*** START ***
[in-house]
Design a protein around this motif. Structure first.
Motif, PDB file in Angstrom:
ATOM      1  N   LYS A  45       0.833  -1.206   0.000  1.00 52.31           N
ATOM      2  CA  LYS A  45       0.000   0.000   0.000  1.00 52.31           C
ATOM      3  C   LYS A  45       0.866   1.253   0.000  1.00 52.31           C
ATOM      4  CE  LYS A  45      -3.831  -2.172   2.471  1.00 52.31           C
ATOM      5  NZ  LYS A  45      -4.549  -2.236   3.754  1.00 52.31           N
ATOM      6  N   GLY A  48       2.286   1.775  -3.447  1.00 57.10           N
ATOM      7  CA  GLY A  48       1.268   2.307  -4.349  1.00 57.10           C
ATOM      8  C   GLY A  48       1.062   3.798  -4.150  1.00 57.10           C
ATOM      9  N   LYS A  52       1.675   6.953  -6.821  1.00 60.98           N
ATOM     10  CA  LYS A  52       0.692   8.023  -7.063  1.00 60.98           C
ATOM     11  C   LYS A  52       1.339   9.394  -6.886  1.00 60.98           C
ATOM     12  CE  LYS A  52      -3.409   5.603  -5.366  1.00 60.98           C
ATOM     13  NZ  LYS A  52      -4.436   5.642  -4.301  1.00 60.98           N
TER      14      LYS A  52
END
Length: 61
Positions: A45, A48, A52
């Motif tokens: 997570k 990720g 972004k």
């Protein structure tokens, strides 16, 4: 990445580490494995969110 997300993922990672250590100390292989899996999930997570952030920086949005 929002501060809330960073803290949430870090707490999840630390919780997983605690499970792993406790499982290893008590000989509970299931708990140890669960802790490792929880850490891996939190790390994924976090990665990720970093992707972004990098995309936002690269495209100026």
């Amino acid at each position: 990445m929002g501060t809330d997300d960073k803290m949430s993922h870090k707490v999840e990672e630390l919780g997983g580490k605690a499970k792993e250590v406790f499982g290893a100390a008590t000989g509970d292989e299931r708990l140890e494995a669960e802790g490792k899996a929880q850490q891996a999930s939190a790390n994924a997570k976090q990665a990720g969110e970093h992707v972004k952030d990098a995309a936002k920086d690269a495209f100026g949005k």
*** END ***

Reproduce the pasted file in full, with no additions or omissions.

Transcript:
[in-house]
Design a protein around this motif. Structure first.
Motif, PDB file in Angstrom:
ATOM      1  N   LYS A  45       0.833  -1.206   0.000  1.00 52.31           N
ATOM      2  CA  LYS A  45       0.000   0.000   0.000  1.00 52.31           C
ATOM      3  C   LYS A  45       0.866   1.253   0.000  1.00 52.31           C
ATOM      4  CE  LYS A  45      -3.831  -2.172   2.471  1.00 52.31           C
ATOM      5  NZ  LYS A  45      -4.549  -2.236   3.754  1.00 52.31           N
ATOM      6  N   GLY A  48       2.286   1.775  -3.447  1.00 57.10           N
ATOM      7  CA  GLY A  48       1.268   2.307  -4.349  1.00 57.10           C
ATOM      8  C   GLY A  48       1.062   3.798  -4.150  1.00 57.10           C
ATOM      9  N   LYS A  52       1.675   6.953  -6.821  1.00 60.98           N
ATOM     10  CA  LYS A  52       0.692   8.023  -7.063  1.00 60.98           C
ATOM     11  C   LYS A  52       1.339   9.394  -6.886  1.00 60.98           C
ATOM     12  CE  LYS A  52      -3.409   5.603  -5.366  1.00 60.98           C
ATOM     13  NZ  LYS A  52      -4.436   5.642  -4.301  1.00 60.98           N
TER      14      LYS A  52
END
Length: 61
Positions: A45, A48, A52
């Motif tokens: 997570k 990720g 972004k």
């Protein structure tokens, strides 16, 4: 990445580490494995969110 997300993922990672250590100390292989899996999930997570952030920086949005 929002501060809330960073803290949430870090707490999840630390919780997983605690499970792993406790499982290893008590000989509970299931708990140890669960802790490792929880850490891996939190790390994924976090990665990720970093992707972004990098995309936002690269495209100026």
């Amino acid at each position: 990445m929002g501060t809330d997300d960073k803290m949430s993922h870090k707490v999840e990672e630390l919780g997983g580490k605690a499970k792993e250590v406790f499982g290893a100390a008590t000989g509970d292989e299931r708990l140890e494995a669960e802790g490792k899996a929880q850490q891996a999930s939190a790390n994924a997570k976090q990665a990720g969110e970093h992707v972004k952030d990098a995309a936002k920086d690269a495209f100026g949005k």